“And the woman became pregnant and sent and told David, I am with child.” 2 Samuel 11:5
In the story of David and Bathsheba we generally focus on David, the king, but what about Bathsheba, our woman of the Bible for today.
We don’t know much about her other than she is the daughter of Eliam and the wife of Uriah the Hittite. In the story we find she is home alone, her husband is fighting with Israel’s army. On the evening that King David calls for her she is bathing on the balcony. Now pardon me for thinking this, but she had to know that her balcony could be seen from the roof of the palace. The scripture says that it was springtime when kings go forth to war, so she may not have known that David was there. Then again, I would think the people would know if the king was in town or not. So did Bathsheba do that on purpose? Since her husband was a soldier and from the scriptures it sounded like a pretty devoted one, maybe she was very lonely. Also, I’m sure a lot of the women in the area were captivated by David, not only was he the king, but the Bible tells us he was handsome as well.
Once David calls her to him there’s no indication that she puts up much of a fuss, though no one usually argues with the king anyway. An interesting side note, people didn’t bathe a lot back then, women particularly usually bathed only after completing their menstrual cycle each month, as they were considered unclean during that time. The end of the cycle was the least likely time for her to become pregnant, yet she did. Then she goes through losing her husband, then losing the child she and David conceived, but she is made queen.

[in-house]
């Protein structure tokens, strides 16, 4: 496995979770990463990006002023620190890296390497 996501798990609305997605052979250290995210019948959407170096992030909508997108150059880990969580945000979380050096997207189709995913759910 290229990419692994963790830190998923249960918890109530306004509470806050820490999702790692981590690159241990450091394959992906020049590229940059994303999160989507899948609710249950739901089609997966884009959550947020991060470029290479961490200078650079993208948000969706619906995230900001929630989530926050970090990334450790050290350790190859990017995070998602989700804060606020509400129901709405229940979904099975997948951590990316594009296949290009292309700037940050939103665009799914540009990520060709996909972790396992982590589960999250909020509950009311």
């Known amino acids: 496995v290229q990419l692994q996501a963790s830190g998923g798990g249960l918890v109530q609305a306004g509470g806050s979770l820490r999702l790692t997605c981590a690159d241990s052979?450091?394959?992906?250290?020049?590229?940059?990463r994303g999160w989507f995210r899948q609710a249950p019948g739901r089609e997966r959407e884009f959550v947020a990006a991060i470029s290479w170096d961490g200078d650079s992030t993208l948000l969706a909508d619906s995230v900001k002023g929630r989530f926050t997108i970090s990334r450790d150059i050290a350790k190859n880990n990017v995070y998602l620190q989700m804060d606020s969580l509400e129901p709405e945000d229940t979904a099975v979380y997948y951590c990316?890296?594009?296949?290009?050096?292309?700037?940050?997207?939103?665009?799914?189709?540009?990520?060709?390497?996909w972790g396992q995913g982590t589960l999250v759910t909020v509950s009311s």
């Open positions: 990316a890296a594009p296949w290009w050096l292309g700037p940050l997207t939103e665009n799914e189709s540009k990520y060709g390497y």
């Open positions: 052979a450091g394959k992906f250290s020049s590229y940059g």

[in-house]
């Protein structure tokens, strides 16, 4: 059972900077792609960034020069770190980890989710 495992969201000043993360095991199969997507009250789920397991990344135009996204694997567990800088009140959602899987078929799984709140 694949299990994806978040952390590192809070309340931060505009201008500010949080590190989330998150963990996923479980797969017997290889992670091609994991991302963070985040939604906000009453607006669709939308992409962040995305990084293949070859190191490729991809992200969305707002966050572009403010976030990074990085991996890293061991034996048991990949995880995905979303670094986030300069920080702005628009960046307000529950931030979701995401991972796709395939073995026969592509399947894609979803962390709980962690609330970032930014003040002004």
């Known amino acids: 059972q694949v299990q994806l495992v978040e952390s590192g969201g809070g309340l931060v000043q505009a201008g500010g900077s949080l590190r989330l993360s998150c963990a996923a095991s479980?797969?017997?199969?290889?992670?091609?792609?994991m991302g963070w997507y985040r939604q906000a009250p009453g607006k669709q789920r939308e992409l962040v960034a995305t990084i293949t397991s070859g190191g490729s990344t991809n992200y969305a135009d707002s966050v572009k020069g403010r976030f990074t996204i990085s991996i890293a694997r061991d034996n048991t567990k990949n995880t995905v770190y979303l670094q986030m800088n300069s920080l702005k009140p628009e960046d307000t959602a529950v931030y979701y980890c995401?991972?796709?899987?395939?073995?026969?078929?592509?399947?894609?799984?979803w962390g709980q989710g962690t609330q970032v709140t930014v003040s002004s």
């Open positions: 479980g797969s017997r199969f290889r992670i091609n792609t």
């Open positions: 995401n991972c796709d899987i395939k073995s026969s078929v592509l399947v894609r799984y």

Little more is said about her until her son Solomon is to be made king, then she is a key factor in making sure that happens. Most interesting of all is the fact that she is one of only five women named in the lineage of Jesus.
So what can we learn from Bathsheba? It seems, whatever situation she found herself in she is content with. Whether the wife of a neglectful husband, an adulteress, a childless mother, the queen, or the mother of the wisest man ever to live. Let us model Bathsheba’s humility and faith.